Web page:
A little down south of the city (with some confusing alleyways in between), you will find Neve Tzedek, the first Jewish neighbourhood outside Jaffa, now prospering as a fashionable district of Tel Aviv. It maybe one of the oldest districts but the vibe is so young as restoration took place year after year. Boutiques, galleries and shops parade the streets of Neve Tzedek where you can either shop or just enjoy the aesthetics. The visual presentation is perfect, they don’t look like shops at all!

16:30 Let’s go to the beach!

Half of the year, Mr. Sun is very generous to Tel Aviv and this makes everyone who lives here happy. Take a beach blanket, sit down and order a beer at any nearby store down the shore. Tel Avivians have always been physically active so you will see everyone doing sports. Not in an athletic manner but just for fun with friends. The most popular is the matkot, the national beach sport of Israel which is very similar to beach tennis. Hang out with friends and watch the sunset in the beautiful Mediterranean sea. Wow, what a life!

18:30 “Just one beer” is a lie

The “Tel Avivi” culture involves endless socialising so let me tell you that one beer, like in many cultures is never enough. Once you had one at 16:30, you’ll always be asking for more. At this hour, it’s always perfect to hang out with friends and I have nothing to recommend but that rooftop bar in Nachalat Binyamin Street. The Prince, the coziest setting I ever encountered in my life (okay, I come here every day!) offers the cheapest and the best drinks. Just order a kan kan or Gold Star or Maccabi and shots will come your way! Great ambiance, techno-jazz music with Middle Eastern beats in between plus the maximum awesome staff, the Prince is just so hard to beat!

21:30 Dinner

Yes, they have the habit of eating late, too. Achim, the perfect epitome of an Israeli cuisine will make your mouth water after a long day of functioning. Home-made salads and kebabs are the most popular but their menu gives so much importance to fresh ingredients. Beware, this place is always full! Just in case you get tired of the queue, you can always walk 30 steps to Achim’s brother restaurant called Dok, a small but charming place that serves food with ingredients that are only produced in Israel.

23:00 Cocktails

Israel prides itself not only as a start-up nation but a cocktail expert, too! Quietly situated at Brenner Street, French 57 is a taste of New Orleans that traveled all the way to Israel to give spice to the nightlife in Tel Aviv with a little bit of jazz. Timid on the outside, open the rustic door and enter a different world. The ambiance truly felt like an easy escape — bar stool height is just right, the music will make you feel you are in some bar in France letting the good times roll, and of course, my favourite interior of them all are the wooden barrels stacked on the bar.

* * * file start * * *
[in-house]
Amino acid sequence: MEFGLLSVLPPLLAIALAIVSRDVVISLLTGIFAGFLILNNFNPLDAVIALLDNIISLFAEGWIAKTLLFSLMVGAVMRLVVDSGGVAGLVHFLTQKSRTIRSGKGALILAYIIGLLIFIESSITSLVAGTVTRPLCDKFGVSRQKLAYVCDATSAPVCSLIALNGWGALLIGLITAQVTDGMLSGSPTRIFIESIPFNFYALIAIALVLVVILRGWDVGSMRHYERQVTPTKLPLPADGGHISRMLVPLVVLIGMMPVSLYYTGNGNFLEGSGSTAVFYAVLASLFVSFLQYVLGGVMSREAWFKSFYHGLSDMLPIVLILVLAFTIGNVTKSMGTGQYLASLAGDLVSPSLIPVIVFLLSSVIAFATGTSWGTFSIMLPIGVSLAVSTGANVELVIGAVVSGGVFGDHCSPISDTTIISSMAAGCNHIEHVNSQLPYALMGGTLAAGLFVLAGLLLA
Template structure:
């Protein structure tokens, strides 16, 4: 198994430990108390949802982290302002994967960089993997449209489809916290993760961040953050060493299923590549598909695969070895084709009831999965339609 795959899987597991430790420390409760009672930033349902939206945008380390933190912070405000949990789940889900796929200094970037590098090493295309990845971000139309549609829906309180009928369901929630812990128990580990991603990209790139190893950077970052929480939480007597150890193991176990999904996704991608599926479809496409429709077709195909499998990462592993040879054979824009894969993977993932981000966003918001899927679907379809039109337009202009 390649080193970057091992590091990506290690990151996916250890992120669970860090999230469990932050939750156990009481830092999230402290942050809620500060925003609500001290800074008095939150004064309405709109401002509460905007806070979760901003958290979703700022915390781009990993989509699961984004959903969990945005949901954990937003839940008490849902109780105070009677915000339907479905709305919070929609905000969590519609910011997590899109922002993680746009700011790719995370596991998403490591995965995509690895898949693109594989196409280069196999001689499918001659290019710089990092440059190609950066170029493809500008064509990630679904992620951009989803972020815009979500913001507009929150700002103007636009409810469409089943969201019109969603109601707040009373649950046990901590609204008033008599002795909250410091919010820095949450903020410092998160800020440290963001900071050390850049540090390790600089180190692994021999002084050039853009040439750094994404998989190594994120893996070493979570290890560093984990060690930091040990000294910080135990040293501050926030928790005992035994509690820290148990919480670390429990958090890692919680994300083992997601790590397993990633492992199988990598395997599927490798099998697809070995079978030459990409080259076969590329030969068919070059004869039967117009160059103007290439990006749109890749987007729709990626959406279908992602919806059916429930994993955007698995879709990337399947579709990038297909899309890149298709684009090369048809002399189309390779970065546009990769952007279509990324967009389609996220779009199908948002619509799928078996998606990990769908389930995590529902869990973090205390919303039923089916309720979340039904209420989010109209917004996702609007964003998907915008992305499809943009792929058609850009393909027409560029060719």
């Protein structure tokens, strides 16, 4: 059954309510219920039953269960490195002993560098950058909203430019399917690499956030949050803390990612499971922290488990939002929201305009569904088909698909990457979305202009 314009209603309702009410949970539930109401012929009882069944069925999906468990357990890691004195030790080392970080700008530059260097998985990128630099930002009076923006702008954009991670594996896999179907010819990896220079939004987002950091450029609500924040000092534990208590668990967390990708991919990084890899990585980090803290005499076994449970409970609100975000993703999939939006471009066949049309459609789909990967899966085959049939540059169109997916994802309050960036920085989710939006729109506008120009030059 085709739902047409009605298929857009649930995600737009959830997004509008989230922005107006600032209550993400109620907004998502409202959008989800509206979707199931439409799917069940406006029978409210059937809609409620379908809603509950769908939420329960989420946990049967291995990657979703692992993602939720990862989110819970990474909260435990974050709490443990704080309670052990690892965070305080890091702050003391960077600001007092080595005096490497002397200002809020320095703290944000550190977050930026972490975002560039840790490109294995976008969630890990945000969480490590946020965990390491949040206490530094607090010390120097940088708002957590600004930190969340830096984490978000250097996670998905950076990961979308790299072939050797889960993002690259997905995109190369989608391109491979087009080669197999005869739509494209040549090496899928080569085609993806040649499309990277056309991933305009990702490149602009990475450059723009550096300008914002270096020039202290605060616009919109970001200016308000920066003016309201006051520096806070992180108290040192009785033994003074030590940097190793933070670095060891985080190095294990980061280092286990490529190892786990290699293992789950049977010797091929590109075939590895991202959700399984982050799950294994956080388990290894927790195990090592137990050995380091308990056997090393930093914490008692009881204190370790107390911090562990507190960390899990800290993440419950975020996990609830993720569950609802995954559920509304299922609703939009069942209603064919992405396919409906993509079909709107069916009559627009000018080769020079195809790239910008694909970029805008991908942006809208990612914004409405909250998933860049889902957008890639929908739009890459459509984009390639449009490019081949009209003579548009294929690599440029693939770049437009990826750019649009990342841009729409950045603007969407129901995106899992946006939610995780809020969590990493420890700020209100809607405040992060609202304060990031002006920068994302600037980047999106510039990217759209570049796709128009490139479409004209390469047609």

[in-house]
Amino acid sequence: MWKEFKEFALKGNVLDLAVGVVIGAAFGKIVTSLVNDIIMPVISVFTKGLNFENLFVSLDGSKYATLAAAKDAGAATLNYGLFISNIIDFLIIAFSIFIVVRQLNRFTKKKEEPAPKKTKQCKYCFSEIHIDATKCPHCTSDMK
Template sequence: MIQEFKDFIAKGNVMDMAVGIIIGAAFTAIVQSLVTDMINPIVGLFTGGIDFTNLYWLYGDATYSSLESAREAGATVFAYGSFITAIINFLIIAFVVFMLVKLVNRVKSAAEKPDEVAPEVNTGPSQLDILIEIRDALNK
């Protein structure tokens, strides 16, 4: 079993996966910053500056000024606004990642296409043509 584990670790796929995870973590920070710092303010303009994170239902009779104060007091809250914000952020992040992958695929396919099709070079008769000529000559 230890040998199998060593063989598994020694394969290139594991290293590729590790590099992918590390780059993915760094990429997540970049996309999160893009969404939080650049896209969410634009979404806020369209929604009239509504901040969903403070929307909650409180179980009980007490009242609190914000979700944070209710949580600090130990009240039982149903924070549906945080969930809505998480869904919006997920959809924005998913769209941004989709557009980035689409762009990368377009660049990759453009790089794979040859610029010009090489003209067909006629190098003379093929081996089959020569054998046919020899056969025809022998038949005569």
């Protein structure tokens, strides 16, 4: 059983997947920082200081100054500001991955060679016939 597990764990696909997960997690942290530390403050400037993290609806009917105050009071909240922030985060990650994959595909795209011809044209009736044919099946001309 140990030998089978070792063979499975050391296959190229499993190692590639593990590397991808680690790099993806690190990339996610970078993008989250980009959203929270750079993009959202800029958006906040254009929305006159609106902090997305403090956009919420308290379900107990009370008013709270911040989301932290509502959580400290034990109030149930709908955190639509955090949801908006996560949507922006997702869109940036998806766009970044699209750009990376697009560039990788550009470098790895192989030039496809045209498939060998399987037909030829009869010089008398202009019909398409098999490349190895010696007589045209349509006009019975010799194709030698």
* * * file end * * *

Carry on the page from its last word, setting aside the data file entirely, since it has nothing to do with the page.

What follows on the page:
00:00 - until whatever time you prefer, let the good times roll!

Known to be a very young city, Tel Aviv never fails when it comes to the nightlife. Don’t start wild. You must do this in order as each of these places will go along the height of your “party mood.”

Finally, whatever time you decide to go out of these bars, don’t forget to get a cheap slice of pizza (or two) at Tony Vespa or a big breakfast at Benedict which is open 24 hours. You will thank me the next day as you wake up without a hangover.

Guest blogger: Trisha Velarmino is one of those people who left their comfortable life to travel the world and learn about life. Her style is to stay in one place she likes for 3 months (or more) to know what it feels like to eat, cook, speak and sleep in another culture that isn’t hers.

She'd like to believe she's not traditionally traveling but she just chooses to be somewhere else all the time. Trisha also loves extremely spicy food, pineapples, plants and symmetry. In no particular order, her favourite cities in the world are Barcelona, Buenos Aires, Hong Kong and Tel Aviv. Follow her life adventures on her travel blog, Instagram and Facebook.

Showaround: Thank you Trisha for being our guest blogger, and Matanya Tausig as well as Gilad Mashiah for the beautiful photos!